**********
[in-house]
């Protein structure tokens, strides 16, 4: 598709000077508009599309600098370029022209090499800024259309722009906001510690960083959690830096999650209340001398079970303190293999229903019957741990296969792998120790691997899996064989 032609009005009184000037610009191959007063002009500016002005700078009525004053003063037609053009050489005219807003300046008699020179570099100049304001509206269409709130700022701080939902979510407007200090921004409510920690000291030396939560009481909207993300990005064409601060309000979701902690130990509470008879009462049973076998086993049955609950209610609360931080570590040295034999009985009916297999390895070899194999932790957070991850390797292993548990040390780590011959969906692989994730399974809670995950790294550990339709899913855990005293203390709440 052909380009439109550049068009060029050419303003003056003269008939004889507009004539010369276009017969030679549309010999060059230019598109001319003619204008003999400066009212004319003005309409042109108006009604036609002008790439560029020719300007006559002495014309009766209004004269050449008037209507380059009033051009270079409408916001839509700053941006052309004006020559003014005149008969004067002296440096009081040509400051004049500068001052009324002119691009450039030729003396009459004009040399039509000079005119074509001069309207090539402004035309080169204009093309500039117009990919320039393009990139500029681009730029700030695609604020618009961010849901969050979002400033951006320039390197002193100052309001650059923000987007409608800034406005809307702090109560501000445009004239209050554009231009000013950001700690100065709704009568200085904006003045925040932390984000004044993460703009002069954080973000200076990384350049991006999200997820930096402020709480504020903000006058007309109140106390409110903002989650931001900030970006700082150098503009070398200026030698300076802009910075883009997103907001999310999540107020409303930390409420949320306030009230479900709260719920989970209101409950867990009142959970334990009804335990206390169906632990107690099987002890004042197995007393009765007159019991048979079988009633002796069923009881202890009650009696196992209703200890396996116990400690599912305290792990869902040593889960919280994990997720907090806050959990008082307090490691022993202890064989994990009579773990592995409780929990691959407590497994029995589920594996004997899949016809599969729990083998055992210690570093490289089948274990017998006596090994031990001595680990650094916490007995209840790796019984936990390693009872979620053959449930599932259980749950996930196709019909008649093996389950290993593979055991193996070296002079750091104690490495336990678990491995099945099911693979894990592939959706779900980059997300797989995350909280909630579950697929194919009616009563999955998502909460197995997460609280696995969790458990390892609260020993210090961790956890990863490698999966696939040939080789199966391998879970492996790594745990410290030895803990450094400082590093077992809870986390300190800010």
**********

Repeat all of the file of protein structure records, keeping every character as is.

[in-house]
């Protein structure tokens, strides 16, 4: 598709000077508009599309600098370029022209090499800024259309722009906001510690960083959690830096999650209340001398079970303190293999229903019957741990296969792998120790691997899996064989 032609009005009184000037610009191959007063002009500016002005700078009525004053003063037609053009050489005219807003300046008699020179570099100049304001509206269409709130700022701080939902979510407007200090921004409510920690000291030396939560009481909207993300990005064409601060309000979701902690130990509470008879009462049973076998086993049955609950209610609360931080570590040295034999009985009916297999390895070899194999932790957070991850390797292993548990040390780590011959969906692989994730399974809670995950790294550990339709899913855990005293203390709440 052909380009439109550049068009060029050419303003003056003269008939004889507009004539010369276009017969030679549309010999060059230019598109001319003619204008003999400066009212004319003005309409042109108006009604036609002008790439560029020719300007006559002495014309009766209004004269050449008037209507380059009033051009270079409408916001839509700053941006052309004006020559003014005149008969004067002296440096009081040509400051004049500068001052009324002119691009450039030729003396009459004009040399039509000079005119074509001069309207090539402004035309080169204009093309500039117009990919320039393009990139500029681009730029700030695609604020618009961010849901969050979002400033951006320039390197002193100052309001650059923000987007409608800034406005809307702090109560501000445009004239209050554009231009000013950001700690100065709704009568200085904006003045925040932390984000004044993460703009002069954080973000200076990384350049991006999200997820930096402020709480504020903000006058007309109140106390409110903002989650931001900030970006700082150098503009070398200026030698300076802009910075883009997103907001999310999540107020409303930390409420949320306030009230479900709260719920989970209101409950867990009142959970334990009804335990206390169906632990107690099987002890004042197995007393009765007159019991048979079988009633002796069923009881202890009650009696196992209703200890396996116990400690599912305290792990869902040593889960919280994990997720907090806050959990008082307090490691022993202890064989994990009579773990592995409780929990691959407590497994029995589920594996004997899949016809599969729990083998055992210690570093490289089948274990017998006596090994031990001595680990650094916490007995209840790796019984936990390693009872979620053959449930599932259980749950996930196709019909008649093996389950290993593979055991193996070296002079750091104690490495336990678990491995099945099911693979894990592939959706779900980059997300797989995350909280909630579950697929194919009616009563999955998502909460197995997460609280696995969790458990390892609260020993210090961790956890990863490698999966696939040939080789199966391998879970492996790594745990410290030895803990450094400082590093077992809870986390300190800010």